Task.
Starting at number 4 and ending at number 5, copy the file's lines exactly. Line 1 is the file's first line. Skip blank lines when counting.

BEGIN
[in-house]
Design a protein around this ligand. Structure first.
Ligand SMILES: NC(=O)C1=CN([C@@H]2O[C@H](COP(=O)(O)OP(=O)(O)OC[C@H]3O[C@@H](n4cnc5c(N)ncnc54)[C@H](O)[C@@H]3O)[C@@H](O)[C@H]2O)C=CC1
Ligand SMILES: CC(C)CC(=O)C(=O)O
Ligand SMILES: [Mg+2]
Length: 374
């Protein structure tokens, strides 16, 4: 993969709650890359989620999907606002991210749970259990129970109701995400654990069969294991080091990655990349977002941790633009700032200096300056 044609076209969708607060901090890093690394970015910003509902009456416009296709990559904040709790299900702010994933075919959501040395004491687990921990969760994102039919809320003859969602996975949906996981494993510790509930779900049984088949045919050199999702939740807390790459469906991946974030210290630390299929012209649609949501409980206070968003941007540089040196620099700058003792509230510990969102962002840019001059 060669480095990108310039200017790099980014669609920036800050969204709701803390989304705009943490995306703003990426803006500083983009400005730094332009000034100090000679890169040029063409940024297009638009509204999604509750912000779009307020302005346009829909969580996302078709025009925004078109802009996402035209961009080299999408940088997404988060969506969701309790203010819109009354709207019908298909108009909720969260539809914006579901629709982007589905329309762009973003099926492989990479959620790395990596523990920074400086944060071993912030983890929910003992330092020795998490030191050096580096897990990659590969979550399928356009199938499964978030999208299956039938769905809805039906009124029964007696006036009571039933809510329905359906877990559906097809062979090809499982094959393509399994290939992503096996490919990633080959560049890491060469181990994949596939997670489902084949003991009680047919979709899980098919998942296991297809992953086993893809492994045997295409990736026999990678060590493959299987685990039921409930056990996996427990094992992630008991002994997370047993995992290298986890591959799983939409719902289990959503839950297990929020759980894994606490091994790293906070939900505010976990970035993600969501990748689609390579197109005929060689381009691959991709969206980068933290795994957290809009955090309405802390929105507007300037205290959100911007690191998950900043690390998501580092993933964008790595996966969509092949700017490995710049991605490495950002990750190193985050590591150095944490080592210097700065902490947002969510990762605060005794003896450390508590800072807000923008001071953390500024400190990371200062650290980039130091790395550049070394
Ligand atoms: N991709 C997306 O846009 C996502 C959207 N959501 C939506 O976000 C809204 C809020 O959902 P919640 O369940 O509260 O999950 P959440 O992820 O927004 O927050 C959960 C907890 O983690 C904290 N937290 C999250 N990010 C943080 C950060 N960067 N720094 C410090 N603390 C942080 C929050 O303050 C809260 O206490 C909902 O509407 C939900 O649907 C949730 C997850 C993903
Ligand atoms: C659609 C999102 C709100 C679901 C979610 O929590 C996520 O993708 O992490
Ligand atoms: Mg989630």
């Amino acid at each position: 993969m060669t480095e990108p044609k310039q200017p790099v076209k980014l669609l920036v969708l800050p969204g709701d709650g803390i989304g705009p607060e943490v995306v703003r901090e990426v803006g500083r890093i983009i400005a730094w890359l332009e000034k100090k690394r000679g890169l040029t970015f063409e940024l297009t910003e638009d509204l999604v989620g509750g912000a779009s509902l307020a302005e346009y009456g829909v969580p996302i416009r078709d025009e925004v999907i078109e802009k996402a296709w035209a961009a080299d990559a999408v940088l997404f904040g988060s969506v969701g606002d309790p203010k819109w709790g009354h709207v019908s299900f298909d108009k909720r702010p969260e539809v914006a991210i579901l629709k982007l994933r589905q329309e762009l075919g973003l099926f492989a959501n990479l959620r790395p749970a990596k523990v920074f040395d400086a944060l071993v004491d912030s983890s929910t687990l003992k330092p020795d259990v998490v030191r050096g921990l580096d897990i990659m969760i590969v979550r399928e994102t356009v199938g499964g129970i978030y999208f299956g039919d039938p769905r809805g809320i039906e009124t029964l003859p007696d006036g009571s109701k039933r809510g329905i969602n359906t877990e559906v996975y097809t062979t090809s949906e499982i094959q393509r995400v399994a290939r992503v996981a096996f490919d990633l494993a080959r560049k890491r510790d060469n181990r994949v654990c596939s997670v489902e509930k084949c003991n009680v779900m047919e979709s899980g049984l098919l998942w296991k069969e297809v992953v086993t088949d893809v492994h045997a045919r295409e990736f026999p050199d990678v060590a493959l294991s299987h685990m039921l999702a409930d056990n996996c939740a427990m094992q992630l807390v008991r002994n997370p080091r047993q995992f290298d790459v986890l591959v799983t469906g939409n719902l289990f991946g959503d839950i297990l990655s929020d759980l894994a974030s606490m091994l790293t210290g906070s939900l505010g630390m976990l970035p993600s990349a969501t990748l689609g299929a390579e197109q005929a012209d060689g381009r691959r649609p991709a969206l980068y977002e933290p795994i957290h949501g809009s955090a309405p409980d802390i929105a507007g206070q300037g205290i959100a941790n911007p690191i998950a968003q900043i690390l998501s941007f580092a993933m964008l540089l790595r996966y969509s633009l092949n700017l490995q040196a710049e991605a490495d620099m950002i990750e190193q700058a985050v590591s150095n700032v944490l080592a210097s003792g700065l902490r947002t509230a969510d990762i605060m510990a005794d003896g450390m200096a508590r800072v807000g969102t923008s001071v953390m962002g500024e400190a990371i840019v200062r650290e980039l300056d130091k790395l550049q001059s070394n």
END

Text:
Ligand SMILES: CC(C)CC(=O)C(=O)O
Ligand SMILES: [Mg+2]